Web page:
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HomeGlobal Perspective & Critical ResearchThe Complicated Nature of Red Sea Geopolitics

The Complicated Nature of Red Sea Geopolitics

Authors: Charles W. Dunne

Affiliations: Arab Center Washington DC, (Former US Diplomat -24 years of service- including Foreign Policy Adviser to the Director for Strategic Plans and Policy at the Joint Staff in the Pentagon between 2007-2008, and Director for Iraq at the National Security Council between 2005-2007)

Organization/Publisher: Arab Center Washington DC

Date/Place: Oct 27, 2021/ Washington, DC, USA

Type of Literature: Analysis 

Word Count: 2800 


Keywords: The Red Sea, Geopolitics, Middle East, the Horn of Africa



The Red Sea is a vital waterway to the global economy and its role is likely to increase in the upcoming decades. Geopolitically speaking, the region deserves unified policy considerations more than the traditional focus of American and European policymakers on the broader “Middle East”. Despite the Red Sea’s importance to international trade, instabilities and insecurities in the region may disrupt the smooth functioning of the global economy. While many factors contribute to insecurities in the Red Sea area, the central factor is proxy activities and rivalries by regional and global actors. The leading security problem of the Red Sea environs stems from piracy, especially on the Somalian coast, that has been successfully deterred by massive international naval operations since 2008. The war in Yemen which began as a political uprising in 2012 and has turned into a civil war has now become the leading source of piracy and instability in the region. The Saudi-Iranian rivalry for regional supremacy has worsened Yemen’s crisis, where Iran supports Yemen’s Houthi rebels while Saudi Arabia and the United Arab Emirates supports the existing government. The war in Yemen has created a massive humanitarian crisis in the country and has been posing threats to Red Sea shipping lines. Moreover, regional rivalries among the Gulf States have fueled political tensions along both Arabian and African coasts of the Red Sea. The longstanding deadlock between Saudi Arabia and Qatar escalated into hostile activities in 2017 when Riyadh took political boycott and economic blockade of Qatar, with UAE, Egypt, and Bahrain supporting the Saudis, and Turkey standing by Doha’s side. One of the immediate results of the regional political split was the rush among the dueling powers in search of friends, loyal clients, military posts, and commercial ports on the African coast of the Red Sea. The UAE established a military base at the Eritrean port of Assab in 2015 from which it launches both naval and airstrikes against Houthi forces in Yemen. In addition to the existing King Faisal Naval Base at Jeddah, the Saudi armed forces seized ports in al-Mokha and al-Khokha in Yemen in 2019 that expand its naval presence in the Red Sea. Meanwhile, Turkey and Qatar cooperated in the struggle for regional influence with Saudi Arabia and the UAE by increasing economic assistance and trade deals with the African Red Sea littoral states. Additionally, Turkey operates the Somalian Military training base in Mogadishu and signed an agreement with Sudan in 2017 for the re-establishment of Suakin Island, a former Ottoman harbor on the Red Sea coast.  Iran has also sought to establish a permanent naval presence in the Red Sea and the Gulf of Aden to counter the Arab Gulf states and increase its influence/defend its interests in the region, though there is not confirmed success so far. In addition to the Yemen war, ongoing conflicts in Ethiopia’s Tigray region, Somalia, Sudan, and South Sudan have hosted the involvement of regional powers as mediators, including Saudi Arabia, Iran, the UAE, and Egypt competing with Turkey and Qatar for the influence, which could lead to new and more unpredictable developments. These rivalries among the Middle Eastern states have extended to political meddling in the region’s transitional politics in Somalia, Ethiopia, and Sudan. Saudi Arabia, UAE, and Egypt were all supporting military rule after the ousting of Sudan’s dictator Omar al-Bashir in 2019, while Turkey and Qatar tended to support a civilian-led transitional government. Instabilities in the Red Sea coastal states and ensuing security challenges to international trade, and the region’s high economic stakes for both the global and regional economies make the region in the top strategic interests of global powers which are already ensuring their military presence in the region along with their allies. Dozens of military posts and naval installations that belong to various global powers, including the United States, France, Italy, Russia, Japan, and China are operating in the Red Sea area. These rivalries ignite “instability and insecurity in an already fragile, volatile, and conflict-prone region” that pose threats to international shipping in the Red Sea.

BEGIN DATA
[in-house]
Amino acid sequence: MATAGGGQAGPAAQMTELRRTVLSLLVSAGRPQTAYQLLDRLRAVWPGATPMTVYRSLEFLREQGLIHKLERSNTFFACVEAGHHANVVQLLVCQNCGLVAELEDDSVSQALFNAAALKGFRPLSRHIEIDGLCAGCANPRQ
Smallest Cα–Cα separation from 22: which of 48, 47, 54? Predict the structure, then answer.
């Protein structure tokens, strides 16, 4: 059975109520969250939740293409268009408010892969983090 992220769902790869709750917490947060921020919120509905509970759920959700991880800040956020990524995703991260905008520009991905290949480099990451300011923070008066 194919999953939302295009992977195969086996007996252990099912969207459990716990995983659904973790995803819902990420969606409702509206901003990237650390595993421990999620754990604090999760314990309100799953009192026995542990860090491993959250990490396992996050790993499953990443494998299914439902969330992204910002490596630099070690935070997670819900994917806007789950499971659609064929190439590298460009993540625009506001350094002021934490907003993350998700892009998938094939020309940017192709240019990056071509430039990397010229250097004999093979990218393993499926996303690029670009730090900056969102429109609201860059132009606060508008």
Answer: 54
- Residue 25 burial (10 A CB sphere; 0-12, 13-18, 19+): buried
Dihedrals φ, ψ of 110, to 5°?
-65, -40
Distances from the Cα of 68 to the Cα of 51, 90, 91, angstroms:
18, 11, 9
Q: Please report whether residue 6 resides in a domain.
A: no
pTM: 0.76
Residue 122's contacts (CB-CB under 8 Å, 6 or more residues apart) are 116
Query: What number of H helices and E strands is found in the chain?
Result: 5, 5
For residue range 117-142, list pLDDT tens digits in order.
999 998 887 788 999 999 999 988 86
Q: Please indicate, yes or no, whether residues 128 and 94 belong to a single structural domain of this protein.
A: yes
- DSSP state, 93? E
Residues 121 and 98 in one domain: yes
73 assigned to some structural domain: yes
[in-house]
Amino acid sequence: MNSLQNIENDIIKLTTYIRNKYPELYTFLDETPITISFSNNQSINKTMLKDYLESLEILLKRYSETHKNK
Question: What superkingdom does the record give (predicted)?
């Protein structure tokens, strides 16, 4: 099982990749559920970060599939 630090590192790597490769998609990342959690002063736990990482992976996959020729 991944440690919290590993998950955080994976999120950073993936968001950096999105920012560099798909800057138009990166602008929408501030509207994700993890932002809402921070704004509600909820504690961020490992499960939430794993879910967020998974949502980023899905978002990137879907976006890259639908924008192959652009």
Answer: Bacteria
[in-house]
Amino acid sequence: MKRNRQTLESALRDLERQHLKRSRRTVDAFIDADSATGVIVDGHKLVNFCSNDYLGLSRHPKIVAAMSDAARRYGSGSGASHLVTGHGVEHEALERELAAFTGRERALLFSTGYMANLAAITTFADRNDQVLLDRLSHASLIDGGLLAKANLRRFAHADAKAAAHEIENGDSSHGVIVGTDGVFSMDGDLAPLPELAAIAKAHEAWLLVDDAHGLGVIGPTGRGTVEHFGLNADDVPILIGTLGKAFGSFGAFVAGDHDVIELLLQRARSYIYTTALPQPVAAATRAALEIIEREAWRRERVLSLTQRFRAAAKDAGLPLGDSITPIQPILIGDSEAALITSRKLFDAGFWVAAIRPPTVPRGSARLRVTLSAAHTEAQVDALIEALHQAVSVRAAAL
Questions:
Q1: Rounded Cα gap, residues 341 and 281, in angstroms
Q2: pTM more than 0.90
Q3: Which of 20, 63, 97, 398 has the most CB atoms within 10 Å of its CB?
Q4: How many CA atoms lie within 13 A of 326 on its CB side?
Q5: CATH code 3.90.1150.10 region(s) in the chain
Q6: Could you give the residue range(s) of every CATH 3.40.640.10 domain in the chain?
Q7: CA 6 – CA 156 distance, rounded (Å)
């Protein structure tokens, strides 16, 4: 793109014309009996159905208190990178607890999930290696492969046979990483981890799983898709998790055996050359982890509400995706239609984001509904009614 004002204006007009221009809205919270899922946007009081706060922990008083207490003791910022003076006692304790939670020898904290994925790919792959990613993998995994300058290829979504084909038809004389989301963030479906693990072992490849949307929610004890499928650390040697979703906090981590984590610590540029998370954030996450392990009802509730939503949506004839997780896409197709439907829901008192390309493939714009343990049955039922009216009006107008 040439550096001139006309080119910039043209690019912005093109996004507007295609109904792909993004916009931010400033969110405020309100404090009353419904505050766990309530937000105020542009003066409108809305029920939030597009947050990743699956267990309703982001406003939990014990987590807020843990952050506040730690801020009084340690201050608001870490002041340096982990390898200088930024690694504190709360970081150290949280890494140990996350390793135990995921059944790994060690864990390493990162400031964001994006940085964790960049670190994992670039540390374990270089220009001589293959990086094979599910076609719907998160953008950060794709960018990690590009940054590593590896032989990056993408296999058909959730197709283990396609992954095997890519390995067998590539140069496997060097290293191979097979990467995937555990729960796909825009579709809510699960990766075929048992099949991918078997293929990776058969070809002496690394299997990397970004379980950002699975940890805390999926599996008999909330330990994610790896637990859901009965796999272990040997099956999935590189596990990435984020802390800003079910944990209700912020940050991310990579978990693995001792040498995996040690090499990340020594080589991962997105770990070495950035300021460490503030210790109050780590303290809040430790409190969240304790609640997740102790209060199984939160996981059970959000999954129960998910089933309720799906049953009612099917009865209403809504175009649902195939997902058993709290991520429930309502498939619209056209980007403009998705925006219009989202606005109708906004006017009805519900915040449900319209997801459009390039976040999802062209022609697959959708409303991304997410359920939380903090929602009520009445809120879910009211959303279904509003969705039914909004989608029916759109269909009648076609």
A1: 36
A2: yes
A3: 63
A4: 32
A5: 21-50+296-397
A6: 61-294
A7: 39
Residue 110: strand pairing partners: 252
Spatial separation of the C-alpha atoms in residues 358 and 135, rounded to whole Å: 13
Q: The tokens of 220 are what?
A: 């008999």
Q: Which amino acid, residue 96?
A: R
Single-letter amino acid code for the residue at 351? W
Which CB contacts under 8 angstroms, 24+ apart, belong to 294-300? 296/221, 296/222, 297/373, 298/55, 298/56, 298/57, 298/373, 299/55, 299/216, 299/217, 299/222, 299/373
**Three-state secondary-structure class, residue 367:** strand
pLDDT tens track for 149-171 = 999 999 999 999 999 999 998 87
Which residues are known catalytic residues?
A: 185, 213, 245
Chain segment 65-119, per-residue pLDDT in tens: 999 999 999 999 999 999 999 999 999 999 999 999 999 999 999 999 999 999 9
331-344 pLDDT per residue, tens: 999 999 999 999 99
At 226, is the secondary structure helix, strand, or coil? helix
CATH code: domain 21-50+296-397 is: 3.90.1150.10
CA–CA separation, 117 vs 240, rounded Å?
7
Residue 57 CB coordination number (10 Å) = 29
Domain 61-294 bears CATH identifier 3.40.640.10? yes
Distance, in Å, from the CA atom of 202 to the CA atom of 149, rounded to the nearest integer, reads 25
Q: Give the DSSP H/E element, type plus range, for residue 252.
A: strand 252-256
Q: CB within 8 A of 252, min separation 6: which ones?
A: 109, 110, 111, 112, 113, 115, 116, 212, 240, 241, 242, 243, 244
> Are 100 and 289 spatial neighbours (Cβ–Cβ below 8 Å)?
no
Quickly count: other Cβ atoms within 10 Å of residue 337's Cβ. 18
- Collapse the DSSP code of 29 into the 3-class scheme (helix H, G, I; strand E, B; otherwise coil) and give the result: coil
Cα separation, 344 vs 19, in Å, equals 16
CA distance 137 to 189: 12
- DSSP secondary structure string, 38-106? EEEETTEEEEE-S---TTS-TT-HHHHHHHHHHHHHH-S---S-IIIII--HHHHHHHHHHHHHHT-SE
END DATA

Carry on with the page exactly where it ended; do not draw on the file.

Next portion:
By: Jemal Muhamed, CIGA Research Associate



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